$ git statusChanges not staged for commit:(use "git add <file>..." to update what will be committed)(use "git checkout -- <file>..." to discard changes in working directory)modified:   HelloWorld.js
Then stage (add),commit and push.
$ git add HelloWorld.js
$ git commit -m "Modified HelloWorld.js"
$ git push

The pull request process starts with you doing some changes in your branch and then merging those changes into the master branch, graphically it looks something like this:

Note: Pull Requests are usually done via the website (command line, plugins, etc are more niche).

Importantly, the process has collaborative controls that lets others check on your code in order to prevent the now famous screw up, let’s look at a simple Pull Request ( PR or pr for short ):

The pull request is initiated by going to your branch and clicking the new pull request button, notice your branch is out of sync with master, something quite common, no biggie we’ll deal with that soon.

The pull request screen has a lot of information and features, at the top for instance you have the merge operation ( make sure you are merging into /from the right branch), the bottom lists all the commits you’ve been working on and the right side add collaborative controls, a common one for instance is asking others to review your PR.

Your PR is now ready for review and conflict resolution (if any), let’s resolve conflicts…

In this case someone made changes to the HelloWorld.js without us pulling them into our branch, so we need to decide which ones are the correct ones, you do this by removing the arrows and clicking “Mark as resolved” like so:

You will then be able to merge into the Master Branch…

The result is that the master branch will now have your changes…

One last thing, most projects on Github employ an issues system to keep track of bugs and improvements, you can check the issues list on your project via the issues tab on the site:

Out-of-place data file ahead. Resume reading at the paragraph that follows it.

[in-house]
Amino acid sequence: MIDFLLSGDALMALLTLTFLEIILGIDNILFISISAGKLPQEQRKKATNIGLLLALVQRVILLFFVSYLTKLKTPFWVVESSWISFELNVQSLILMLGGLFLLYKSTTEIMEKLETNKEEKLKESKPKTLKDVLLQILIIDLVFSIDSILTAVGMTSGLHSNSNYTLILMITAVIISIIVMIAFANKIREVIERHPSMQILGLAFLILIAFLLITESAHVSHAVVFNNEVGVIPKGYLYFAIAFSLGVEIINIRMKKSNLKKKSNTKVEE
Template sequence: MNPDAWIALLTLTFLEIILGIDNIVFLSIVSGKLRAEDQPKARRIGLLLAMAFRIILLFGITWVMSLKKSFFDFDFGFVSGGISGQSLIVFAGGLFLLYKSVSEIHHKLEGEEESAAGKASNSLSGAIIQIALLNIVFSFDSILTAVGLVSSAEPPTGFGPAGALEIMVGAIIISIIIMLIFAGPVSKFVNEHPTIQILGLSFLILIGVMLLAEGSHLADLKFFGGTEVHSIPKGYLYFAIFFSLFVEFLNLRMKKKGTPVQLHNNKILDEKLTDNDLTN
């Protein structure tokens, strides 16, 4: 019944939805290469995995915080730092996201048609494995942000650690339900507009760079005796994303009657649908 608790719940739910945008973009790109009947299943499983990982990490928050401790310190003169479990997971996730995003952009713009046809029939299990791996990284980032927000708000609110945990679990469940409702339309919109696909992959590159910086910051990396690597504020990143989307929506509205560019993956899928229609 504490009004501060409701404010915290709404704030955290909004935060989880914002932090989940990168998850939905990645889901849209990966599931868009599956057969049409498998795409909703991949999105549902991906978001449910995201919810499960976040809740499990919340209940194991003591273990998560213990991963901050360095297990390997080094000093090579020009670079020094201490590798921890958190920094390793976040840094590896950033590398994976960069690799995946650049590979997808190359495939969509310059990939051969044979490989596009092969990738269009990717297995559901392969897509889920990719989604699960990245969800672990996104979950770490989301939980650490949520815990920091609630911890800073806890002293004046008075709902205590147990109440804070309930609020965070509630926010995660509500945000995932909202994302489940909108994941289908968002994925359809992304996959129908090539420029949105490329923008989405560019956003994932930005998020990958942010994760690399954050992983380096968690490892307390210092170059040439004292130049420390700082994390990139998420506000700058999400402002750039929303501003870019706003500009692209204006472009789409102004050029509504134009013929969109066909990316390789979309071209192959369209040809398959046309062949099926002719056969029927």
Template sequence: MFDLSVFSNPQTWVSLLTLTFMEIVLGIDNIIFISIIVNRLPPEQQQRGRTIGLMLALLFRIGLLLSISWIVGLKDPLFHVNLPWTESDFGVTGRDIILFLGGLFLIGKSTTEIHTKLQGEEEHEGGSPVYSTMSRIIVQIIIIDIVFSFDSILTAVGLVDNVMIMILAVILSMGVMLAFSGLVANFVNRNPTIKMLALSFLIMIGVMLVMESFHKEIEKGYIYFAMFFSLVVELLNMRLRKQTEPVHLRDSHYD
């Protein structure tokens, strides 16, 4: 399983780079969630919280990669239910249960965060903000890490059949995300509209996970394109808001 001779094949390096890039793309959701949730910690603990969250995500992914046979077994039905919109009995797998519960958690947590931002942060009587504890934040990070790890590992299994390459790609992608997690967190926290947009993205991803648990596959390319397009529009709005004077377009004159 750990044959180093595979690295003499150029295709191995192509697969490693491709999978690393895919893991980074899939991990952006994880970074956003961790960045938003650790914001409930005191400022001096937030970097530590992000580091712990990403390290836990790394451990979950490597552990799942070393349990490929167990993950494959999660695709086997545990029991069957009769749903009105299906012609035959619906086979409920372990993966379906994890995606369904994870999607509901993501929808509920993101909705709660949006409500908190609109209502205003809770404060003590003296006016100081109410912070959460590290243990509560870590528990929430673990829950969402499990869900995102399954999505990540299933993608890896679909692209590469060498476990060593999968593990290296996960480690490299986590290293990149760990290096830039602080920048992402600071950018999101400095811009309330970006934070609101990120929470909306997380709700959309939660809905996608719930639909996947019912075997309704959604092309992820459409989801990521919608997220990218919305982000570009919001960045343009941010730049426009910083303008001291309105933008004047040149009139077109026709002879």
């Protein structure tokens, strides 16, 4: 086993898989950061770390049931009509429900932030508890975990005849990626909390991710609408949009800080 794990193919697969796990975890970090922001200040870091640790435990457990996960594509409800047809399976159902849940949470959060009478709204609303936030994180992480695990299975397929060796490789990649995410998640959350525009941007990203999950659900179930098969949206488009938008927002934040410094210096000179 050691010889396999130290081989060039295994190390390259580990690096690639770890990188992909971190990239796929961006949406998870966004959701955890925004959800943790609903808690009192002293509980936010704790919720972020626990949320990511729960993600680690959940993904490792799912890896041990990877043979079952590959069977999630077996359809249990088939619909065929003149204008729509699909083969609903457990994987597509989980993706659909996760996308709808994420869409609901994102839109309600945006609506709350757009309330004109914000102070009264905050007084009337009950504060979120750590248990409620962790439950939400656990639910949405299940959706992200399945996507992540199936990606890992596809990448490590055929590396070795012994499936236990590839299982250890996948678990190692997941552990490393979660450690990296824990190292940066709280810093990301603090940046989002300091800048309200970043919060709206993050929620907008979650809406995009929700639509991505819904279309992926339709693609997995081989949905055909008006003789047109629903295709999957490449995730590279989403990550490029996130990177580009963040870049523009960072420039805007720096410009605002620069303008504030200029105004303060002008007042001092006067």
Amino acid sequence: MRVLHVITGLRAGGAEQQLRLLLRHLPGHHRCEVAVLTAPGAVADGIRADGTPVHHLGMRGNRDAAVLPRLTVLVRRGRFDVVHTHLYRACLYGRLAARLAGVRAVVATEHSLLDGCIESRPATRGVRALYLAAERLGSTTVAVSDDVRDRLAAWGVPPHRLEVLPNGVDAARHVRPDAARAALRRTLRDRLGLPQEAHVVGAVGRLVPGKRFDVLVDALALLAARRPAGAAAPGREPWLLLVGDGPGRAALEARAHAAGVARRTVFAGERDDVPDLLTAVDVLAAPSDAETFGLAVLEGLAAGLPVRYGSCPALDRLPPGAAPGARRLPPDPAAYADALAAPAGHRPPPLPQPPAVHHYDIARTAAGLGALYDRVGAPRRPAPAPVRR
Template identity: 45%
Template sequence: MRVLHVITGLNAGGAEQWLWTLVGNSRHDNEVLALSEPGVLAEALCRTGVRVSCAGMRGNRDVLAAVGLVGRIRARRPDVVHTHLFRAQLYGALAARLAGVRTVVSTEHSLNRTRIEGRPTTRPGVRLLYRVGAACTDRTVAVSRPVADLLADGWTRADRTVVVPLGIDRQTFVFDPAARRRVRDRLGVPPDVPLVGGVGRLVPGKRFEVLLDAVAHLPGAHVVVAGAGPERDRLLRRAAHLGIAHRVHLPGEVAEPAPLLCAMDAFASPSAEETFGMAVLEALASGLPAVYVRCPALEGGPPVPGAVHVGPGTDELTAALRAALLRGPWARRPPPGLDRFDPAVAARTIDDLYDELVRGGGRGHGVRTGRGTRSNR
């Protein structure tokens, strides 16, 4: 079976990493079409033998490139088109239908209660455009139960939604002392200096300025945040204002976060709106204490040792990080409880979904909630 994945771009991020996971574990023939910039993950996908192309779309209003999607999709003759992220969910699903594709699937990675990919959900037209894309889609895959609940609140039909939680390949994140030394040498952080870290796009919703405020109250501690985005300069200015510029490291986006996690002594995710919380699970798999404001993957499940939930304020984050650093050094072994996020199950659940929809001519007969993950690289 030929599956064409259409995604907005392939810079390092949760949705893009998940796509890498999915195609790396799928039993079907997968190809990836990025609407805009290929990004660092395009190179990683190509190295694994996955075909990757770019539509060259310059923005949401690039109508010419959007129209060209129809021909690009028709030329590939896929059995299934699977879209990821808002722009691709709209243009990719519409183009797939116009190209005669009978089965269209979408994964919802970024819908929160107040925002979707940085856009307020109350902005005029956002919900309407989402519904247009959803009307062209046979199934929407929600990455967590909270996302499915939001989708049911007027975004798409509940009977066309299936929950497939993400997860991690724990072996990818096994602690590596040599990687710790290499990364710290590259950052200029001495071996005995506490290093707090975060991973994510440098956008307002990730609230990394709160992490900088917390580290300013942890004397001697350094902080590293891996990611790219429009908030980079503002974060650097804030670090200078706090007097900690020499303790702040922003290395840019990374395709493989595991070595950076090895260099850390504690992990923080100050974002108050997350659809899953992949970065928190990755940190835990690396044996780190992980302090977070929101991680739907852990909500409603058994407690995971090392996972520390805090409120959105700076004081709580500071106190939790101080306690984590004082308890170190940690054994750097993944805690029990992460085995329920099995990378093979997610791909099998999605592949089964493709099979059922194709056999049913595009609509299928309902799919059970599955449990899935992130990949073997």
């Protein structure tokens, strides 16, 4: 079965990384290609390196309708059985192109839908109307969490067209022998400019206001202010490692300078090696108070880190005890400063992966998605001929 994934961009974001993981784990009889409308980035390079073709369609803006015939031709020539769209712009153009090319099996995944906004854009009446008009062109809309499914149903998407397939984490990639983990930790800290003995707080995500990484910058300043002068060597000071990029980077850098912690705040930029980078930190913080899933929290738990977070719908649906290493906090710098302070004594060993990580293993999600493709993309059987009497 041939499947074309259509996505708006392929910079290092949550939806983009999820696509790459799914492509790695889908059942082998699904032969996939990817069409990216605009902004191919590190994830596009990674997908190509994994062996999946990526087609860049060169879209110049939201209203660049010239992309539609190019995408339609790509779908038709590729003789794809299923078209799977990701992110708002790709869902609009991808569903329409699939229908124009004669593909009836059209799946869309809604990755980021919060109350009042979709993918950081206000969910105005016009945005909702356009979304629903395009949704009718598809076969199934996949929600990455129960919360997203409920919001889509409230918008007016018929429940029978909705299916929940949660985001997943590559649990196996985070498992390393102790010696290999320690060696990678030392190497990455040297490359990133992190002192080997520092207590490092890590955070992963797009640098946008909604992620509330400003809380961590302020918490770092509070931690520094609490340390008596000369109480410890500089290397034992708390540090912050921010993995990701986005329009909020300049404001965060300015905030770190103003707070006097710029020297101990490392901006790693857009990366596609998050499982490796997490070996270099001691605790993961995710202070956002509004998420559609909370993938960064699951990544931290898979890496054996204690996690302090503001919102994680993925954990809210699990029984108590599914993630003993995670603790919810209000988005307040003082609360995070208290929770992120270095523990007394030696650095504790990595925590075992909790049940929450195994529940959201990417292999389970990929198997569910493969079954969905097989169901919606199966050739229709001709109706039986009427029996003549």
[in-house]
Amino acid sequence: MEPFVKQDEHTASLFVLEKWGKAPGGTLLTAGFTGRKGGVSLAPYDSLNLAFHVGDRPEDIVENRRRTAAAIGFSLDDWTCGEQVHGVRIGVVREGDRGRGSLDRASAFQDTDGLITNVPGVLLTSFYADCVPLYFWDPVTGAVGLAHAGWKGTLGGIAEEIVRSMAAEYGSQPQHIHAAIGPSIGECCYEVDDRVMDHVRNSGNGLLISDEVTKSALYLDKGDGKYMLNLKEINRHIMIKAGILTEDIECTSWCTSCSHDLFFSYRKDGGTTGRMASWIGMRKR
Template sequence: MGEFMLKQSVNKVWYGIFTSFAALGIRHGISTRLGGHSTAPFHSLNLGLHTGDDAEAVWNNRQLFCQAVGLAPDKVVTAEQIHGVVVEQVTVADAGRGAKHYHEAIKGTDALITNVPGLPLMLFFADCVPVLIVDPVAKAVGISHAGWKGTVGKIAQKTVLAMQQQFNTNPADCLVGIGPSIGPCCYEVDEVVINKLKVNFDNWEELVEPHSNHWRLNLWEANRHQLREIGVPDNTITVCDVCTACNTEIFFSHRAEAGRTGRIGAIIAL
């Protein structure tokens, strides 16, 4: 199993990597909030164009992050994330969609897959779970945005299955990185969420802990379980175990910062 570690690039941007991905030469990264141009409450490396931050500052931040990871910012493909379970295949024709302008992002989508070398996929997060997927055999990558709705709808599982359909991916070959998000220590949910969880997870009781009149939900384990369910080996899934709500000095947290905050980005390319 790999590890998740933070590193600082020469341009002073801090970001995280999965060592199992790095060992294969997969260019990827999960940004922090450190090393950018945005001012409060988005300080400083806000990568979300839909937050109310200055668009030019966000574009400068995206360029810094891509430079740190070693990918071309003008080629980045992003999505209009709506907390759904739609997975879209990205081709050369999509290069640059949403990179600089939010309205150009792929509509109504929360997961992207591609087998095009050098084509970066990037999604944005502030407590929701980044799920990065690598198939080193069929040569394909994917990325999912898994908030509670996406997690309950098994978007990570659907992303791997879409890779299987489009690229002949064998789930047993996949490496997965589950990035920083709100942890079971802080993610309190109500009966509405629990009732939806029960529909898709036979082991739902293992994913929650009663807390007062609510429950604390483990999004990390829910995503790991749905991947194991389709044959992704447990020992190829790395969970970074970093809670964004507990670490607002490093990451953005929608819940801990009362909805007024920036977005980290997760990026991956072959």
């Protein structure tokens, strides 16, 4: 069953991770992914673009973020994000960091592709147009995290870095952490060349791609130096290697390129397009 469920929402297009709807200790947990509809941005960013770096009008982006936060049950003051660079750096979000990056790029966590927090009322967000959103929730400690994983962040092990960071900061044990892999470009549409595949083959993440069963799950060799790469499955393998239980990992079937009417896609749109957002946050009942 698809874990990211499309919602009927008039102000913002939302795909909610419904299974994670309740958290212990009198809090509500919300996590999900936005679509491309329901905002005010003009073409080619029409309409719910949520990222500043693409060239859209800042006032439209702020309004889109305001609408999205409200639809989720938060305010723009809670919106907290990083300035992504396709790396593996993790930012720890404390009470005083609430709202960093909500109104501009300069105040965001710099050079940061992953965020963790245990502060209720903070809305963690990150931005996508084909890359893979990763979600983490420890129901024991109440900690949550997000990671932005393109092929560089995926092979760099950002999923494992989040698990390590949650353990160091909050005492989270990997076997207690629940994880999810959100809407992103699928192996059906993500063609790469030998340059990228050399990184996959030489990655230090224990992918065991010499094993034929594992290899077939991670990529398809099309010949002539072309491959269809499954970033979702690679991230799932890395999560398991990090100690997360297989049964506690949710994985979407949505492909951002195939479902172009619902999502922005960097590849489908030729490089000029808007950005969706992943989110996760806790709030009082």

Bitcoin…has issues.

Hopefully your project will have less issues, but it is not uncommon to be told on your first day to grab an issue and start working on it or be assigned one, as mentioned there is plenty of nuance and each projects workflow is a little different, but this is as far as I think you should know to get started on your first day or days, the rest you will pick up as you go, do stick around for a few gotchas that might stump you in these first days…

So this quick guide at this point might not seem so quick to you and you are right, it’s a lot to take in, but beyond the collaborative and hosted aspects of GitHub, it is when joined to git’s tracking and versioning control that this steep learning curve is justified, this is a fancy way of saying, everything we’ve done up to this point is reversible, so if you screwed up; you (or most likely your team lead ) can go back and unscrew things, it is also fully documented so fingers can be pointed, but here is also where the collaborative aspects kick in and helps prevent screw ups from reaching the master branch via pull requests and reviews.

Starting from scratch every time:

One of the biggest issues I’ve encountered is keeping track of changes on the master branch while working on multiple issues plus changes in your local environment, the following works in a sort of brute force way since it throws away your local changes and makes your local branch even with master, can also be used whenever you are not sure you’ve fallen out of sync or have merge issues, but be aware it is destructive in nature so I’d recommend you experiment a bit with these techniques on a dummy repo…

$ git fetch --all
$ git checkout master
$ git reset --hard origin/master
$ git checkout user/feature
# You now have the latest changes from Master on your local remote branch and can make changes..$ git commit -am "Feature"
$ git push origin HEAD
# You replaced your remote branch with the above changes...# Make pull request

If you want to completely overwrite your local and remote branch with master…

$ git fetch --all
$ git checkout user/feature
$ git reset --hard origin/master
$ git push
Both your local and remote branches will have the contents of master.

The issue with the previous 2 examples is that you will loose whatever you were working on in your local branch and it dirties up git’s timeline, an alternative exists in the form of git stash which at it’s most basic works like this:

$ git stash Saves the state of your working directory state.$ git apply Restores whatever you were working on.

I recommend you experiment with stashing changes before using it as it is a more advanced subject but will help you in the long run, here’s the docs:

https://git-scm.com/book/en/v1/Git-Tools-Stashing

Depending on how many projects or repos your project or organization uses, and how hectic your day to day is, it might be a good idea to become a git expert, reading the book is a good start.

https://git-scm.com/book/en/v2

I hope this guide helps you with your project on-boarding, I should mention that it is by no means a definite, complete or probably effective guide for some, but just my take on it, if you have a better one or want to suggest additions or corrections, please let me know in the comments.

Born Eugenio Noyola Leon (Keno) I am a Designer, Developer-Programmer, Artist and Inventor, currently living in Mexico City, you can find me at: www.k3no.com

AI, Software Developer, Designer : www.k3no.com